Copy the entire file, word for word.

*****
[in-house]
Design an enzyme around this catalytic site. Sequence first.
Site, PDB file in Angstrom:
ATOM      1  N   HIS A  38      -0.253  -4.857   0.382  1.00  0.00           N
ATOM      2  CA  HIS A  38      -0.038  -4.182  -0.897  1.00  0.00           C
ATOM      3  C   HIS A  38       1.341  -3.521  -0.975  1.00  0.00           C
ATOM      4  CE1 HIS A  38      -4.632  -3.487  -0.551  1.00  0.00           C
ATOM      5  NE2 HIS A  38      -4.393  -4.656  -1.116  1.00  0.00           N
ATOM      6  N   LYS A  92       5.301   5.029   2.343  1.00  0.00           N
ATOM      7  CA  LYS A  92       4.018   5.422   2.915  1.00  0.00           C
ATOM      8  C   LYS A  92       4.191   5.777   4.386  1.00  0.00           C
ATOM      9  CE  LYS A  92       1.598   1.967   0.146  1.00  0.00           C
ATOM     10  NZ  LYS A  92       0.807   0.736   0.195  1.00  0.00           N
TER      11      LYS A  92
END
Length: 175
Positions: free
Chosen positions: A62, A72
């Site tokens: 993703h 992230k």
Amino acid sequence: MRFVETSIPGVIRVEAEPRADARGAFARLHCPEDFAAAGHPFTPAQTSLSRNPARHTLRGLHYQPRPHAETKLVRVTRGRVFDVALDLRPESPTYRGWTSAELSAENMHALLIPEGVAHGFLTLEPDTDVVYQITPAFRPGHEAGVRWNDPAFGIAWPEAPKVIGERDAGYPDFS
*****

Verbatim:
[in-house]
Design an enzyme around this catalytic site. Sequence first.
Site, PDB file in Angstrom:
ATOM      1  N   HIS A  38      -0.253  -4.857   0.382  1.00  0.00           N
ATOM      2  CA  HIS A  38      -0.038  -4.182  -0.897  1.00  0.00           C
ATOM      3  C   HIS A  38       1.341  -3.521  -0.975  1.00  0.00           C
ATOM      4  CE1 HIS A  38      -4.632  -3.487  -0.551  1.00  0.00           C
ATOM      5  NE2 HIS A  38      -4.393  -4.656  -1.116  1.00  0.00           N
ATOM      6  N   LYS A  92       5.301   5.029   2.343  1.00  0.00           N
ATOM      7  CA  LYS A  92       4.018   5.422   2.915  1.00  0.00           C
ATOM      8  C   LYS A  92       4.191   5.777   4.386  1.00  0.00           C
ATOM      9  CE  LYS A  92       1.598   1.967   0.146  1.00  0.00           C
ATOM     10  NZ  LYS A  92       0.807   0.736   0.195  1.00  0.00           N
TER      11      LYS A  92
END
Length: 175
Positions: free
Chosen positions: A62, A72
């Site tokens: 993703h 992230k």
Amino acid sequence: MRFVETSIPGVIRVEAEPRADARGAFARLHCPEDFAAAGHPFTPAQTSLSRNPARHTLRGLHYQPRPHAETKLVRVTRGRVFDVALDLRPESPTYRGWTSAELSAENMHALLIPEGVAHGFLTLEPDTDVVYQITPAFRPGHEAGVRWNDPAFGIAWPEAPKVIGERDAGYPDFS